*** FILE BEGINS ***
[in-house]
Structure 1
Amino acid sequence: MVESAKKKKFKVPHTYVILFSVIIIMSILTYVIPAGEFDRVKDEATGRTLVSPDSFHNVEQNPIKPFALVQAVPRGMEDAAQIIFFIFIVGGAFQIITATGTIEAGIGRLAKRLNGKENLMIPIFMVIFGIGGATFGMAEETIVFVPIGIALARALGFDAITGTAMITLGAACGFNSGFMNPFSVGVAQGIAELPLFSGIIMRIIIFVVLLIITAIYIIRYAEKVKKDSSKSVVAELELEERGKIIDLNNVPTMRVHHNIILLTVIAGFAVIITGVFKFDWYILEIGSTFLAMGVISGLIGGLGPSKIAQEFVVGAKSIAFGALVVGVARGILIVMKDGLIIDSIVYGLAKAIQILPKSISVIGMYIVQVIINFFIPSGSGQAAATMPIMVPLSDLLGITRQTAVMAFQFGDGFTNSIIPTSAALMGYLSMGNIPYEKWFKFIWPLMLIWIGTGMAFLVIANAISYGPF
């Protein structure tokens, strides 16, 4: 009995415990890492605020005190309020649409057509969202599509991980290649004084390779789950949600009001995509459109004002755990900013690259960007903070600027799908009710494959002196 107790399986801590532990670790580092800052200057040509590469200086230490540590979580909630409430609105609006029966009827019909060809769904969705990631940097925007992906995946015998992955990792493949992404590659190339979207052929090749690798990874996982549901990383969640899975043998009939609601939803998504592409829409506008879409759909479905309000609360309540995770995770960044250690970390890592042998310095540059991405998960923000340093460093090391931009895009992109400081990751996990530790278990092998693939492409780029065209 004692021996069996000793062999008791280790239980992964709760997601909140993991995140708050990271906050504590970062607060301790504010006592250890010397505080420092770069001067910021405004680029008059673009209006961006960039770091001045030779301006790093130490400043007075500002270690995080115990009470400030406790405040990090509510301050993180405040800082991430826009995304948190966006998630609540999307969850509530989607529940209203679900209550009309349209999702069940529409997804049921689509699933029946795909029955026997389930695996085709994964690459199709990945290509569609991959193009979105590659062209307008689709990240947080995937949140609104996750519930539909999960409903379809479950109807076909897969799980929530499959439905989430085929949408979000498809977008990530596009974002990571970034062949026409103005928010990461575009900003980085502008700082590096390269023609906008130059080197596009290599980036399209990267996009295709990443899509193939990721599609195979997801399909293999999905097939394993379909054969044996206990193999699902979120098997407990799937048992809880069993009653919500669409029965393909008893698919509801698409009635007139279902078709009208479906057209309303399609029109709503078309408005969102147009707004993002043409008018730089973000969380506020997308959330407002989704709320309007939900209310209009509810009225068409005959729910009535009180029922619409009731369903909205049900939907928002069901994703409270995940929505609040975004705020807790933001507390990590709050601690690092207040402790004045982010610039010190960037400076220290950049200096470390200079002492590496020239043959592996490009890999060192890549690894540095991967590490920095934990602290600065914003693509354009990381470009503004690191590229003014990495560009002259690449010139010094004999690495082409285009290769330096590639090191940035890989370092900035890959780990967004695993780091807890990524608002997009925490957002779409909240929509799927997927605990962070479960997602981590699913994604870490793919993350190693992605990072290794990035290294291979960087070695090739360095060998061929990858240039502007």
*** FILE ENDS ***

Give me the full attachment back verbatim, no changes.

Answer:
[in-house]
Structure 1
Amino acid sequence: MVESAKKKKFKVPHTYVILFSVIIIMSILTYVIPAGEFDRVKDEATGRTLVSPDSFHNVEQNPIKPFALVQAVPRGMEDAAQIIFFIFIVGGAFQIITATGTIEAGIGRLAKRLNGKENLMIPIFMVIFGIGGATFGMAEETIVFVPIGIALARALGFDAITGTAMITLGAACGFNSGFMNPFSVGVAQGIAELPLFSGIIMRIIIFVVLLIITAIYIIRYAEKVKKDSSKSVVAELELEERGKIIDLNNVPTMRVHHNIILLTVIAGFAVIITGVFKFDWYILEIGSTFLAMGVISGLIGGLGPSKIAQEFVVGAKSIAFGALVVGVARGILIVMKDGLIIDSIVYGLAKAIQILPKSISVIGMYIVQVIINFFIPSGSGQAAATMPIMVPLSDLLGITRQTAVMAFQFGDGFTNSIIPTSAALMGYLSMGNIPYEKWFKFIWPLMLIWIGTGMAFLVIANAISYGPF
């Protein structure tokens, strides 16, 4: 009995415990890492605020005190309020649409057509969202599509991980290649004084390779789950949600009001995509459109004002755990900013690259960007903070600027799908009710494959002196 107790399986801590532990670790580092800052200057040509590469200086230490540590979580909630409430609105609006029966009827019909060809769904969705990631940097925007992906995946015998992955990792493949992404590659190339979207052929090749690798990874996982549901990383969640899975043998009939609601939803998504592409829409506008879409759909479905309000609360309540995770995770960044250690970390890592042998310095540059991405998960923000340093460093090391931009895009992109400081990751996990530790278990092998693939492409780029065209 004692021996069996000793062999008791280790239980992964709760997601909140993991995140708050990271906050504590970062607060301790504010006592250890010397505080420092770069001067910021405004680029008059673009209006961006960039770091001045030779301006790093130490400043007075500002270690995080115990009470400030406790405040990090509510301050993180405040800082991430826009995304948190966006998630609540999307969850509530989607529940209203679900209550009309349209999702069940529409997804049921689509699933029946795909029955026997389930695996085709994964690459199709990945290509569609991959193009979105590659062209307008689709990240947080995937949140609104996750519930539909999960409903379809479950109807076909897969799980929530499959439905989430085929949408979000498809977008990530596009974002990571970034062949026409103005928010990461575009900003980085502008700082590096390269023609906008130059080197596009290599980036399209990267996009295709990443899509193939990721599609195979997801399909293999999905097939394993379909054969044996206990193999699902979120098997407990799937048992809880069993009653919500669409029965393909008893698919509801698409009635007139279902078709009208479906057209309303399609029109709503078309408005969102147009707004993002043409008018730089973000969380506020997308959330407002989704709320309007939900209310209009509810009225068409005959729910009535009180029922619409009731369903909205049900939907928002069901994703409270995940929505609040975004705020807790933001507390990590709050601690690092207040402790004045982010610039010190960037400076220290950049200096470390200079002492590496020239043959592996490009890999060192890549690894540095991967590490920095934990602290600065914003693509354009990381470009503004690191590229003014990495560009002259690449010139010094004999690495082409285009290769330096590639090191940035890989370092900035890959780990967004695993780091807890990524608002997009925490957002779409909240929509799927997927605990962070479960997602981590699913994604870490793919993350190693992605990072290794990035290294291979960087070695090739360095060998061929990858240039502007």